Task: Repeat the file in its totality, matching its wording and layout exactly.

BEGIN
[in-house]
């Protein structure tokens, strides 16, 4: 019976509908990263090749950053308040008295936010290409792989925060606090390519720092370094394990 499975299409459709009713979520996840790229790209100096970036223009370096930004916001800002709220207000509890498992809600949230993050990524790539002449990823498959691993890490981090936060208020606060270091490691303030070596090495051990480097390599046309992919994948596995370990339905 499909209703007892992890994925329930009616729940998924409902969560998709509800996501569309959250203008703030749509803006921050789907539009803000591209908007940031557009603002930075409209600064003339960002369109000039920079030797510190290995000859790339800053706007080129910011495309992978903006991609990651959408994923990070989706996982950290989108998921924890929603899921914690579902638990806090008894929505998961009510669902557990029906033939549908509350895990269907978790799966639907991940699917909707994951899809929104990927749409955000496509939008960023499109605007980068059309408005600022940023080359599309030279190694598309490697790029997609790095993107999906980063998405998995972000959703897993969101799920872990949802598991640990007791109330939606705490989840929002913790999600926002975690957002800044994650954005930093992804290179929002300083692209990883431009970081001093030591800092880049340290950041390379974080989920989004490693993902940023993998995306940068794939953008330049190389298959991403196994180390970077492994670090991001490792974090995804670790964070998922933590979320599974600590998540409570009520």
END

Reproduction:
[in-house]
């Protein structure tokens, strides 16, 4: 019976509908990263090749950053308040008295936010290409792989925060606090390519720092370094394990 499975299409459709009713979520996840790229790209100096970036223009370096930004916001800002709220207000509890498992809600949230993050990524790539002449990823498959691993890490981090936060208020606060270091490691303030070596090495051990480097390599046309992919994948596995370990339905 499909209703007892992890994925329930009616729940998924409902969560998709509800996501569309959250203008703030749509803006921050789907539009803000591209908007940031557009603002930075409209600064003339960002369109000039920079030797510190290995000859790339800053706007080129910011495309992978903006991609990651959408994923990070989706996982950290989108998921924890929603899921914690579902638990806090008894929505998961009510669902557990029906033939549908509350895990269907978790799966639907991940699917909707994951899809929104990927749409955000496509939008960023499109605007980068059309408005600022940023080359599309030279190694598309490697790029997609790095993107999906980063998405998995972000959703897993969101799920872990949802598991640990007791109330939606705490989840929002913790999600926002975690957002800044994650954005930093992804290179929002300083692209990883431009970081001093030591800092880049340290950041390379974080989920989004490693993902940023993998995306940068794939953008330049190389298959991403196994180390970077492994670090991001490792974090995804670790964070998922933590979320599974600590998540409570009520």